JEWS FOR JESUS, INC., and Steve Cohen, Individually, Plaintiffs-Appellants, v. HILLSBOROUGH COUNTY AVIATION AUTHORITY, Defendant-Appellee.
This case arises out of a First Amendment challenge to literature distribution policies at the Tampa International Airport. The challenged policies were revoked during the pendency of this lawsuit, and the district court dismissed the case as moot. We affirm.
The plaintiff, Jews for Jesus, is a nonprofit Christian missionary organization.1 One of the organization's main activities is the distribution of free literature in airports. In 1994, Jews for Jesus contacted the Tampa International Airport (which is operated by defendant Hillsborough County Aviation Authority) about distributing literature at the airport. Jews for Jesus was informed that the airport's policy regarding literature distribution was presently under review,2 and that, pending completion of that review, literature distribution at the Tampa International Airport was completely prohibited. After discussions with various airport officials, Jews for Jesus brought this lawsuit in August 1995 seeking injunctive and declaratory relief that would permit the organization to distribute literature at the Tampa International Airport.3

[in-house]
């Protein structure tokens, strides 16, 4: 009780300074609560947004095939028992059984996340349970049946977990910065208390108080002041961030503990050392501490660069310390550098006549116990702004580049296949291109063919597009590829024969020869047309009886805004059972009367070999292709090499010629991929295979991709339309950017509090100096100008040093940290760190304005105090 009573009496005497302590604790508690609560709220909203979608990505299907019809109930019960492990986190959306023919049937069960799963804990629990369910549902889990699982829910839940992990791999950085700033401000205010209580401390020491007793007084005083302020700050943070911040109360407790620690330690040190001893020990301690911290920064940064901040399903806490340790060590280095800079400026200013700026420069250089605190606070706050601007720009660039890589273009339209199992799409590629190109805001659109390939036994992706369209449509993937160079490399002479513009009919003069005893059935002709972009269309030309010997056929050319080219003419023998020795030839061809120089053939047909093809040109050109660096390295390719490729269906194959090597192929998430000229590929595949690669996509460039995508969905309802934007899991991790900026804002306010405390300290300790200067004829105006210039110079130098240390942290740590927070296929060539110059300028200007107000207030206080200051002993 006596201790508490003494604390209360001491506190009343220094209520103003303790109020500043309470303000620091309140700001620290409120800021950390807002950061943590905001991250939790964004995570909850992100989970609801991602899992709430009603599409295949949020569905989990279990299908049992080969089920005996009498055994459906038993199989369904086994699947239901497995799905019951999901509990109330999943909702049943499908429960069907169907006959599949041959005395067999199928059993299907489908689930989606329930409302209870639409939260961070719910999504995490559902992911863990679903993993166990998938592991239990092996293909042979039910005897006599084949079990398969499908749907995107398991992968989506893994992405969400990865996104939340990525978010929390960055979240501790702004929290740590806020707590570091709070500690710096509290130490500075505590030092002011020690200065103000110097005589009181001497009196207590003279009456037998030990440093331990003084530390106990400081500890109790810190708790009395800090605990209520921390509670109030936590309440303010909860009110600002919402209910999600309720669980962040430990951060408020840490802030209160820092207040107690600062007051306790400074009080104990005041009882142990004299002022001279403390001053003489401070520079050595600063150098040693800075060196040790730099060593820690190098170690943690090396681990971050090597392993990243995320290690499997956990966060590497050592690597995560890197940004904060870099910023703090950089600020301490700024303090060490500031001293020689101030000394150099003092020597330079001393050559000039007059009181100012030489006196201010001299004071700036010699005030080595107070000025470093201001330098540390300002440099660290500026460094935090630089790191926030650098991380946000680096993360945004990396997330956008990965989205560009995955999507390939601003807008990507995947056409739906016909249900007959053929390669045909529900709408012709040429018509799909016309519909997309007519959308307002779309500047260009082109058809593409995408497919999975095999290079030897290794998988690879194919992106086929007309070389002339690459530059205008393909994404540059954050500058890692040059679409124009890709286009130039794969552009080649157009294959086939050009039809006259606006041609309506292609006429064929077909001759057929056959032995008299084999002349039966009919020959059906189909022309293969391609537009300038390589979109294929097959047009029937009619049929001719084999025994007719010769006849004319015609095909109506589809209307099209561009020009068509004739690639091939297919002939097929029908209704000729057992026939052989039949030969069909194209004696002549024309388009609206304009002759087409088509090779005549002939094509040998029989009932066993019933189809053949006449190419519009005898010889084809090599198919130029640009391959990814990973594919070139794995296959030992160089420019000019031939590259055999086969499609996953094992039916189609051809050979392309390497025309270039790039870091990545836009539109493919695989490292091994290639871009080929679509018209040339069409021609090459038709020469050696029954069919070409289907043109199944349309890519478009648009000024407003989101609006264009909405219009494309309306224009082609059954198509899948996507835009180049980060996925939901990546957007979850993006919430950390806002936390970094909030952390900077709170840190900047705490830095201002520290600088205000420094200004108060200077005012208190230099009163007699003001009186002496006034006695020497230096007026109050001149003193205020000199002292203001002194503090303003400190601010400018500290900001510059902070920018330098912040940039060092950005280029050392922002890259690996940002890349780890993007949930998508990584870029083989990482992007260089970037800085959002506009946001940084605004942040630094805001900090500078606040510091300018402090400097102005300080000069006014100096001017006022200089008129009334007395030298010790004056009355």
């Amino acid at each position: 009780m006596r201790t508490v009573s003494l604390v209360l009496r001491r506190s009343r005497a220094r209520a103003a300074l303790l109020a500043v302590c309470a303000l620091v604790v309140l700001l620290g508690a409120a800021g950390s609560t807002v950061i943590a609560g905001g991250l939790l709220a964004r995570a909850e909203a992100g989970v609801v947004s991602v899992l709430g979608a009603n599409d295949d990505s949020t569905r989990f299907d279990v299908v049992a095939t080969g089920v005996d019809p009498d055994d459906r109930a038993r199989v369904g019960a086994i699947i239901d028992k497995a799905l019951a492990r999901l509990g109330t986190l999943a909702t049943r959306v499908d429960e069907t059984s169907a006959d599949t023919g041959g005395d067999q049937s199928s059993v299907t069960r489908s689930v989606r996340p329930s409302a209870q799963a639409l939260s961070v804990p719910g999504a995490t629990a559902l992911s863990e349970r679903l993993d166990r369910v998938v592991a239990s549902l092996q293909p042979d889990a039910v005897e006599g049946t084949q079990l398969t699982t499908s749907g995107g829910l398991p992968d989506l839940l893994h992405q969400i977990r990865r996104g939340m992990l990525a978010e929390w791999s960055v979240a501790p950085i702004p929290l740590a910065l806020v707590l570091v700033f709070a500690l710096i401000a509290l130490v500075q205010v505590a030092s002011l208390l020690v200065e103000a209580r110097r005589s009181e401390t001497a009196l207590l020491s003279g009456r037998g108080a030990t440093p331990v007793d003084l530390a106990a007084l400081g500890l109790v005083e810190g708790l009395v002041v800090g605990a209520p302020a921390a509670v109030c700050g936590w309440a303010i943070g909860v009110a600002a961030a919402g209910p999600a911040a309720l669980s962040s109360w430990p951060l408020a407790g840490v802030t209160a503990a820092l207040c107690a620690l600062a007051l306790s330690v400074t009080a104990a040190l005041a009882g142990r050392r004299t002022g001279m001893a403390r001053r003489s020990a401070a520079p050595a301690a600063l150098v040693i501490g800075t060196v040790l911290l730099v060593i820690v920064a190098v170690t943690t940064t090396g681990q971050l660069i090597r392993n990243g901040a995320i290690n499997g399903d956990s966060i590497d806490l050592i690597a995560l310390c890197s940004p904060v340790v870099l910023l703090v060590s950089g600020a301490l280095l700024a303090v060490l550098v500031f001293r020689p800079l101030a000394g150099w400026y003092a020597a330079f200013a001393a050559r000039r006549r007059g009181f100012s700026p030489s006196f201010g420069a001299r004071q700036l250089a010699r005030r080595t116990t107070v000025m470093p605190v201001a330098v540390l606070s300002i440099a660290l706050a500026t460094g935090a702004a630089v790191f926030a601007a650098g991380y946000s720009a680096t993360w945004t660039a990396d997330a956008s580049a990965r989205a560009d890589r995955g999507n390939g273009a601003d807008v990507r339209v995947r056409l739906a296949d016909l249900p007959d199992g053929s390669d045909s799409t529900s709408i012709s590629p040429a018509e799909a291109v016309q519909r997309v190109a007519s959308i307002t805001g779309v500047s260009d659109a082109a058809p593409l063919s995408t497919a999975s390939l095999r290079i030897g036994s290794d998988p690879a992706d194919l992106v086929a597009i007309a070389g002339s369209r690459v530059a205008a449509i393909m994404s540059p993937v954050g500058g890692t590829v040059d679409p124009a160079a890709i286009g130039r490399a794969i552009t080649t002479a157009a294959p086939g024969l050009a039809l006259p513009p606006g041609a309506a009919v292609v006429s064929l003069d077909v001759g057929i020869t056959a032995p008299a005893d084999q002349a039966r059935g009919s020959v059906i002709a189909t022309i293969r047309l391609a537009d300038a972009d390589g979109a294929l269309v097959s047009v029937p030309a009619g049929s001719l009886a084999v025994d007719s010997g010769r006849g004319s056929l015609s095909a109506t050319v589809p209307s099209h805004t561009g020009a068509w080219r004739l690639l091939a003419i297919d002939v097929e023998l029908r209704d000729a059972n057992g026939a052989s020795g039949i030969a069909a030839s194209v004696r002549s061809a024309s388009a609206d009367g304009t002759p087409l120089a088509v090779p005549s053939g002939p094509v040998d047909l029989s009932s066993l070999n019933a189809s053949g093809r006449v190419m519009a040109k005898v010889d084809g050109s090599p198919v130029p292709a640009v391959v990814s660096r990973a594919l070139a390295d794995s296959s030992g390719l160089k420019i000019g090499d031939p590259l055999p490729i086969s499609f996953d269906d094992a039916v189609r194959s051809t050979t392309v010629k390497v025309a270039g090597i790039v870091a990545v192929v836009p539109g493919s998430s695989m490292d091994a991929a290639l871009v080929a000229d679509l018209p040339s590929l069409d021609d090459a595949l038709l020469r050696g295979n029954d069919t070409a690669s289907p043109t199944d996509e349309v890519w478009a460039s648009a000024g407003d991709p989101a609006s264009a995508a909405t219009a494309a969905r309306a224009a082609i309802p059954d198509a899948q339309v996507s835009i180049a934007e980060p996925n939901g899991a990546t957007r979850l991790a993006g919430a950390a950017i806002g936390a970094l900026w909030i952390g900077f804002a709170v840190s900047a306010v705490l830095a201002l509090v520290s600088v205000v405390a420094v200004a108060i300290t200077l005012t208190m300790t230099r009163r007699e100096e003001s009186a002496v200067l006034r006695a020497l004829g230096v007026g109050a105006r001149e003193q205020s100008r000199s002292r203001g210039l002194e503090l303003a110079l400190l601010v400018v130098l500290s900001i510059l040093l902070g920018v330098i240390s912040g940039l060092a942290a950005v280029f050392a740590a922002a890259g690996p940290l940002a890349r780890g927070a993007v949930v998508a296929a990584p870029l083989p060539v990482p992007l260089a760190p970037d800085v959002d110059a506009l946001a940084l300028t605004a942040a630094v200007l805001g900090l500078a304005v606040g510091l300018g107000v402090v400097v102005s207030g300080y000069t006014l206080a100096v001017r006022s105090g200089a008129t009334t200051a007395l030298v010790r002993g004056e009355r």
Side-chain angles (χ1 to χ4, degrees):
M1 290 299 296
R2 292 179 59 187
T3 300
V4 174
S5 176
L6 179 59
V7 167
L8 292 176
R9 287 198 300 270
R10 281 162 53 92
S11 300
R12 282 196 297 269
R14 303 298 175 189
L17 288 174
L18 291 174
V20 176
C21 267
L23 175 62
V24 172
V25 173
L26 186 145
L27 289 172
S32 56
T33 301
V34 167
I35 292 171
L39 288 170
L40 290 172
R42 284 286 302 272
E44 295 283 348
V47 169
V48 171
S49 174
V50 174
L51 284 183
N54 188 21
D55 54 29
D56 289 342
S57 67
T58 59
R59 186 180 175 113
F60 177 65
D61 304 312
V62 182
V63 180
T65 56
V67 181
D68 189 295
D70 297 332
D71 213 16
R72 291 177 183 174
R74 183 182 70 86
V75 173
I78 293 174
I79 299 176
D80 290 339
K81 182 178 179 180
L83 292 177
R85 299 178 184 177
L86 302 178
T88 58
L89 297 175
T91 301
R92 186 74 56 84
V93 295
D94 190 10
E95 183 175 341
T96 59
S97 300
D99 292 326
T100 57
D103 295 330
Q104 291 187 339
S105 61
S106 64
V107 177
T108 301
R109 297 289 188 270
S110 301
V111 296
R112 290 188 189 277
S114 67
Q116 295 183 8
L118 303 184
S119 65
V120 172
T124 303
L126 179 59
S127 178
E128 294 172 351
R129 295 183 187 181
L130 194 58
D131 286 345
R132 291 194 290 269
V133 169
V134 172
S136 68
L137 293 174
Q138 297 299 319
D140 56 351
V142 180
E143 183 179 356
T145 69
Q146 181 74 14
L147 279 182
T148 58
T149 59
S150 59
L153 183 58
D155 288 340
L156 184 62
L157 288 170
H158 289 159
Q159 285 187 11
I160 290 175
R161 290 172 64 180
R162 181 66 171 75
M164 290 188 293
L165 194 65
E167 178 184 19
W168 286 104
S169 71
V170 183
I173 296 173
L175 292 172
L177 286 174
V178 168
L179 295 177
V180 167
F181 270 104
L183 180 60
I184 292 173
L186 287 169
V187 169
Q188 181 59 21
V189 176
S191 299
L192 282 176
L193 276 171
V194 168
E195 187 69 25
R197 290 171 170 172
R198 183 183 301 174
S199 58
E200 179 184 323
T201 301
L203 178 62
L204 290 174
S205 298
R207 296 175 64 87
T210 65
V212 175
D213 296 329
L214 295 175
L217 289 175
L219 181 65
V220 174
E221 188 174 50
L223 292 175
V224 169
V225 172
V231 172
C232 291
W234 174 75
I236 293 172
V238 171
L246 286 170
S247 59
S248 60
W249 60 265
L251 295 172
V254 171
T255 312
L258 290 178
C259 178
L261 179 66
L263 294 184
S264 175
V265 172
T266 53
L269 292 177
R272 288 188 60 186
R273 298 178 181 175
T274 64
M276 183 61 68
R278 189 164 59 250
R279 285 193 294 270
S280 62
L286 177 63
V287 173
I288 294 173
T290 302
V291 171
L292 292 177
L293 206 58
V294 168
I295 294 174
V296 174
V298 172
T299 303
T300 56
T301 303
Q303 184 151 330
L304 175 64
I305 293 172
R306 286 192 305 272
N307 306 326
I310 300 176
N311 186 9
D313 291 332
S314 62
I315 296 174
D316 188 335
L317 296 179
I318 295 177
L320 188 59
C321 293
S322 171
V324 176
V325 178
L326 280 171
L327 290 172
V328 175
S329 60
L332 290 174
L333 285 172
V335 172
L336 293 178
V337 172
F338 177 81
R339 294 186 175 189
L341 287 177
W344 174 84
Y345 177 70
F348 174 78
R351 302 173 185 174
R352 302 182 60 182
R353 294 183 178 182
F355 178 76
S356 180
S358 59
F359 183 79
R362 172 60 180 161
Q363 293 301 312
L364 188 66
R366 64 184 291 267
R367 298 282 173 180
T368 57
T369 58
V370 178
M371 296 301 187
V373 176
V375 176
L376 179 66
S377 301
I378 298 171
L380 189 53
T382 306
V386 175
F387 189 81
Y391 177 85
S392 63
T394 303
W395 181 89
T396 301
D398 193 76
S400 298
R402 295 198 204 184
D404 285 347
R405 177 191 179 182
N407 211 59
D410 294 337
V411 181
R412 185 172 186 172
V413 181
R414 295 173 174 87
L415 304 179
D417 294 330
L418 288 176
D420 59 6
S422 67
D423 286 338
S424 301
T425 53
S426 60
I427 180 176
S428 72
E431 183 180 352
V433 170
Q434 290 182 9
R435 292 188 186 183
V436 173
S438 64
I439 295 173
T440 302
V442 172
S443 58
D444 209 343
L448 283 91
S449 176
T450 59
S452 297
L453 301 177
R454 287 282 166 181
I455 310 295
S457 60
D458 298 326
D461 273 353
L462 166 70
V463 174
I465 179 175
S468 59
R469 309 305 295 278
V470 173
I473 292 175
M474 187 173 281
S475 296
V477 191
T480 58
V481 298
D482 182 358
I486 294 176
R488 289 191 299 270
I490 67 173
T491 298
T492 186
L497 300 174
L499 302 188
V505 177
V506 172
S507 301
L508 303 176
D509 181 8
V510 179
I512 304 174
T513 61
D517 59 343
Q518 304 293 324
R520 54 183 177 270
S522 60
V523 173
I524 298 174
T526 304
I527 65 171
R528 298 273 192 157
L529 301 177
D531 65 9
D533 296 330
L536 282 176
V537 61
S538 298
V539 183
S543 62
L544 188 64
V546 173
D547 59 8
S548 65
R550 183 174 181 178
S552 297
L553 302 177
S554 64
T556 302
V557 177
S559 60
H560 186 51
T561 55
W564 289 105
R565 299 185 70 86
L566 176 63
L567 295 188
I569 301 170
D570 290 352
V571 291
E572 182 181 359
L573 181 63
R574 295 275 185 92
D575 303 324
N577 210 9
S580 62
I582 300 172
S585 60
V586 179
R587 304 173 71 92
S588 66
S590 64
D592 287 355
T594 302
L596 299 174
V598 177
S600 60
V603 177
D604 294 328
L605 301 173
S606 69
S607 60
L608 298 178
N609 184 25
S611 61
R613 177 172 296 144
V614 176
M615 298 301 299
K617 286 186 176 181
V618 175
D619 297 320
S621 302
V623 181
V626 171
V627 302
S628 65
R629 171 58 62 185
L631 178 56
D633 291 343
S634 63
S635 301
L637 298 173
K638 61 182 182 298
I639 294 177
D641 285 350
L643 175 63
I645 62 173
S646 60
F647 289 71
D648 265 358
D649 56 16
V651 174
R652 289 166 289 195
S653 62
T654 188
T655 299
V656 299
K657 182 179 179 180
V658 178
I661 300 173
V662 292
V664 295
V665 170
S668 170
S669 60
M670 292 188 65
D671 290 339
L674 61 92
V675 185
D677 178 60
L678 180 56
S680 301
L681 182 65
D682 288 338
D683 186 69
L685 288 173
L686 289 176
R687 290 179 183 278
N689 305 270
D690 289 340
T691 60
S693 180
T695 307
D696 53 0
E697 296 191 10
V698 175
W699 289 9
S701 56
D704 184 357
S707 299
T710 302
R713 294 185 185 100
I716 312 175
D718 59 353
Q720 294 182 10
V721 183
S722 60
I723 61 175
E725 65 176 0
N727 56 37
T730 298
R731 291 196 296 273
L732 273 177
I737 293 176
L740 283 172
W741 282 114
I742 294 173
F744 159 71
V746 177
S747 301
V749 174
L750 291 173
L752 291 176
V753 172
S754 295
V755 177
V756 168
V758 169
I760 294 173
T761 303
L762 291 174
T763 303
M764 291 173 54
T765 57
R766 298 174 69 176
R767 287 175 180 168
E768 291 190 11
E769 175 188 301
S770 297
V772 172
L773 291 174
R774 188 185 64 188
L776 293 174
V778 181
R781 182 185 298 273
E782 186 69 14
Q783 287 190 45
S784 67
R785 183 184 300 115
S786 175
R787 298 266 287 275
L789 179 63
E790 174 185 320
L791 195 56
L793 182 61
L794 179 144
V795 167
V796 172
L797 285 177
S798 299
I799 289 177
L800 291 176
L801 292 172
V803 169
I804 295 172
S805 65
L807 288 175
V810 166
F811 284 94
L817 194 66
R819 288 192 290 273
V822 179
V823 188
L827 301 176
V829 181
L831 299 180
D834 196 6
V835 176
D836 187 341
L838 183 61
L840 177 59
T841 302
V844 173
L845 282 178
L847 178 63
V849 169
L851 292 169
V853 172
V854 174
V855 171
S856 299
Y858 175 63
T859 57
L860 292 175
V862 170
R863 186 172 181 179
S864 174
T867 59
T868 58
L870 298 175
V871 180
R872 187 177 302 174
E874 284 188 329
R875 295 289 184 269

Approximately one month after the commencement of the lawsuit, in September 1995, the airport lifted the prohibition on the distribution of literature. Since that time, individuals and organizations-including Jews for Jesus-have been freely permitted to distribute literature at the Tampa International Airport. Jews for Jesus, however, maintains that the possibility of a return to the prior prohibition (or to the restrictive policy in place before the prohibition, see supra note 2) means that there was still a justiciable “case or controversy” before the district court, and thus it was error for the district court to dismiss the case as moot. We review the district court's determination de novo. See Alabama Disabilities Advocacy Program v. J.S. Tarwater Developmental Ctr., 97 F.3d 492, 496 (11th Cir.1996).